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Alum makes a difference in India

March 19, 2012
Karissa Bryant ’03 with school girls at Sacred Heart Boarding School in Shillong, India. Here Bryant is asking the girls who live at the school what they wanted to be when they grew up.

Karissa Bryant ’03 with school girl at Sacred Heart Boarding School in Shillong, India. Here Bryant is asking the girls who live at the school what they wanted to be when they grew up. In the evening they would share Khasi songs with Bryant and she would teach them English songs. (Photo courtesy of Karissa Bryant)

Alumna works to teach, train students in India

By Katie Scaff ’13

Since graduating from PLU in 2003, music and vocal performance major Karissa Bryant has travelled the world and returned with a mission: to raise money to open an expanded training center for students in Shillong, Meghalaya, in northeast India.

In November 2010, Bryant spent two weeks teaching students at a village training center called Bellefonte Community College (BCC) in Shillong. There, her eyes were opened to pressing and extraordinary educational needs.

“High school drop out rates are at 70 percent,” according to Bryant. “There’s no accountability system there.”

Of the students who stayed and took their final high school exam, 50 percent failed.

“The biggest problem with education is that students are taught in their native language and then they are expected to pass high school in English,” Bryant said. “If they don’t get an education, then they have no future.”

Bryant worked with the Salesian Sisters, who run BCC, to give students

Karissa Bryant sits with a daughter of the Self Help Group member in Umphrew – a village outside of Shillong.

Karissa Bryant sits with a daughter of the Self Help Group member in Umphrew – a village outside of Shillong. The group members make bricks and sell them in Shillong. Bryant and others helped in providing assessments and training for the group. After the work was complete the group asked the group Bryant was with to come into their stores for tea and food. They asked her to take a picture with one of the children. She didn’t learn her name.

in Shillong a rare second chance. They teach the students, who have usually failed or dropped out of high school, enough English so they can pass the 10th grade level of a high school equivalency test.

Bryant had 55 students at BCC, ranging from 15 to 28 years of age, and far from “ordinary students” by American educational standards.

“I was teaching them ‘conversational English,’” Bryant recalled. “Some students were almost fluent and some couldn’t understand anything at all.”

The center has been successful and helped students reach a better future for themselves and their families, but it’s not enough, said Bryant. There are already many more students than the sisters can hold in their bare, makeshift classroom. They want to offer more training opportunities in basic literacy, business, and relevant vocations, and this is where Bryant comes in.

“It become really apparent that my goal in coming back to America was to raise money for this school,” Bryant said. “When I got back in April of last year, I started looking into the logistics of fundraising.”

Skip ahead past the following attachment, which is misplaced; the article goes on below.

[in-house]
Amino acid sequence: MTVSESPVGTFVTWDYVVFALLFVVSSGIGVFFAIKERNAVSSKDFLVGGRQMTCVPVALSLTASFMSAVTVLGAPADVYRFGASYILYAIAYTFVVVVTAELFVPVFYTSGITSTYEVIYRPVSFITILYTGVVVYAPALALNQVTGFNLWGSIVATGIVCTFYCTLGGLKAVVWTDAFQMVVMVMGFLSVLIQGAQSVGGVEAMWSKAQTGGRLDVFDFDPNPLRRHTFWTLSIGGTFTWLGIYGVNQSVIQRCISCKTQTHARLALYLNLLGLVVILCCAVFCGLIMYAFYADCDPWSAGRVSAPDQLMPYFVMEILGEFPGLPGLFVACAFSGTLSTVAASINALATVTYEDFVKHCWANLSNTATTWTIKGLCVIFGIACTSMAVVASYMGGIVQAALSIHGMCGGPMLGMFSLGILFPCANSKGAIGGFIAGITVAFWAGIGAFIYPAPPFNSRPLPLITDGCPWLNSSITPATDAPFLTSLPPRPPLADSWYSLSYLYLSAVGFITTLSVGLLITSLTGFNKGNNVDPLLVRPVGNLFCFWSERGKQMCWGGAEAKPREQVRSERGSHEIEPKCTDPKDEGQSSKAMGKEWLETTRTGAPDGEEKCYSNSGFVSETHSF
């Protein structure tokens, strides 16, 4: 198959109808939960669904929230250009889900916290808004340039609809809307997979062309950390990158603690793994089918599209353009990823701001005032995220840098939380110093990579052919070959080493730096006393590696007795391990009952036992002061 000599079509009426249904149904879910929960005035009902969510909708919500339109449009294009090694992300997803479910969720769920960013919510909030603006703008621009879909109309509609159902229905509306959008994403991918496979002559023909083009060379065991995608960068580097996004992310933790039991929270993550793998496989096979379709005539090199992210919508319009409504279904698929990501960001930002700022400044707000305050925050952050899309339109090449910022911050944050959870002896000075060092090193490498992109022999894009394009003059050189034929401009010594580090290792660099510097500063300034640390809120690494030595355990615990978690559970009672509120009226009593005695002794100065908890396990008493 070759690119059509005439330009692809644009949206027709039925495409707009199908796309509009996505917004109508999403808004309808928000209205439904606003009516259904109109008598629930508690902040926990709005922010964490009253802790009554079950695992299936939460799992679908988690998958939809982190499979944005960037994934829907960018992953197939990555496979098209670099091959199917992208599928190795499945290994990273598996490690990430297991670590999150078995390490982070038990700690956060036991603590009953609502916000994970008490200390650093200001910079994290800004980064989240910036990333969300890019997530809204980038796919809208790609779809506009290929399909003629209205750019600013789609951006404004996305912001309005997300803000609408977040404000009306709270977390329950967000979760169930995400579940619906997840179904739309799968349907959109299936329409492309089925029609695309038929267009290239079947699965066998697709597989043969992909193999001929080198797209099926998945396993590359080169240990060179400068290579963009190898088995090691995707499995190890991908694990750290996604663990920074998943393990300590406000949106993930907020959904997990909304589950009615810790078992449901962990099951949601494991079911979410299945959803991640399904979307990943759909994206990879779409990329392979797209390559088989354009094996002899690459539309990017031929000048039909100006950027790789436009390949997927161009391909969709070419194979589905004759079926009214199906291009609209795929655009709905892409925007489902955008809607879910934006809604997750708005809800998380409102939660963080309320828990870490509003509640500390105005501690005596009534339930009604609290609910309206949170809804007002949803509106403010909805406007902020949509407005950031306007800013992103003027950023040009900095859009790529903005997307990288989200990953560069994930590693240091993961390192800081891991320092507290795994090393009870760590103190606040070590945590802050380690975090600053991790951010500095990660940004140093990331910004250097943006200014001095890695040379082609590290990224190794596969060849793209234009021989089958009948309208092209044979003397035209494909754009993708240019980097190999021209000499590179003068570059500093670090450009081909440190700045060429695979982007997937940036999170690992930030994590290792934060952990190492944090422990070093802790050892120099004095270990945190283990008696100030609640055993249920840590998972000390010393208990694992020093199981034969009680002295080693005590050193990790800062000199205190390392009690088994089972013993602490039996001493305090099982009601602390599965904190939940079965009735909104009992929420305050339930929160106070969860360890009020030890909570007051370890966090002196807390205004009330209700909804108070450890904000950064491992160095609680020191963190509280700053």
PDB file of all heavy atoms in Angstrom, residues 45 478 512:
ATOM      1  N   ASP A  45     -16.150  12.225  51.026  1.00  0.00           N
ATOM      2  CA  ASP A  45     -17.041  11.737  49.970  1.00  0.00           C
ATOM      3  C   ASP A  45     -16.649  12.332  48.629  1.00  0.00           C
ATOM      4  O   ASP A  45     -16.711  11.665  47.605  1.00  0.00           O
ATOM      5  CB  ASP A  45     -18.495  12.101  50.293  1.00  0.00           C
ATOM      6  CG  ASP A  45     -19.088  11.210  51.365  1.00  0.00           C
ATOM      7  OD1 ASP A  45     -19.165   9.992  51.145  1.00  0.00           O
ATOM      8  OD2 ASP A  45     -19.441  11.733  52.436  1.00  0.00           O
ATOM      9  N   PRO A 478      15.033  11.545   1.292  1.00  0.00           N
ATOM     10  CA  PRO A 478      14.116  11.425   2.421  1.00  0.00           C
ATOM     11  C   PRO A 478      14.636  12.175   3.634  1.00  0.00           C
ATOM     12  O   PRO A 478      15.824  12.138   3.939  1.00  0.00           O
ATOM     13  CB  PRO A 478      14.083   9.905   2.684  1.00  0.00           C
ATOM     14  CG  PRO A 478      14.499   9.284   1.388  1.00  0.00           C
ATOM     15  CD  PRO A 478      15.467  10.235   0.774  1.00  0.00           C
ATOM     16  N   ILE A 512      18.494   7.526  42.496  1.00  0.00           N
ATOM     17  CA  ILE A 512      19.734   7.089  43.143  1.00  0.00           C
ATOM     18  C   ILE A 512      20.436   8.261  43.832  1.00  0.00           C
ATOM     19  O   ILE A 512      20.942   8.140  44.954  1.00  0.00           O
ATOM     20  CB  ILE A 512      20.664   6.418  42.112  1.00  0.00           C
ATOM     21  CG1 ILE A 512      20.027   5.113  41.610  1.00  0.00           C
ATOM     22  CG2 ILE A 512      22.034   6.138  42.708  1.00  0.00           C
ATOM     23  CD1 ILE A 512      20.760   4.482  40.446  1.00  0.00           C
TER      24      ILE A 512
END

She hosted her first fundraiser, Cabaret for Change, on Feb. 8 at the Columbia Center Theater, which raised $5,000. The next event, Yoga for Change, is planned for Saturday, March 31, at Richmond Beach Yoga in Shoreline, Wash. The event runs from 2 p.m. to 5 p.m. and is open to the public. Six instructors will each lead half-hour sessions, and after three hours, the group will have completed 108 sun salutations. There is a $25 suggested donation and all proceeds will go toward building the expanded training center. Bryant, through various fundraisers, hopes to raise $30,000 to begin the project of opening the new, expanded training center.

The goal is to start construction this summer and have the first floor complete and open to students by August 2013.

“I had one year to do this,” Bryant said, who plans to return to Shillong later this year. “I’ll probably stay a number of months. I would like to help put together the new curriculum. I will definitely be teaching some yoga as well.”

Looking back, Bryant said she never imagined she would be doing something like this.

“It was a complete surprise to me,” Bryant said. “I primarily imagined myself singing somewhere and teaching music.”

Bryant currently teaches music and yoga at studios in King and Snohomish counties. Bryant’s mother, Chris Tarling, was less surprised by Bryant’s desire to help.

“I think about her high school years, she was involved with community service,” said Tarling. “She was also involved in the Miss Washington Pageant for a few years and community service was a big part of that.”

Tarling helped Bryant plan last month’s fundraiser and has heard all about the need for this center from her daughter.

“Education is about the only way to get out of poverty,” Tarling said. “There’s a lot of need. There’s a lot of poverty.”

Bryant hopes to address this need through her fundraising efforts and by going back to volunteer at BCC.

“I’m really happy to help in whatever they need,” said Bryant. “It will be a place I continuously go back to teach.”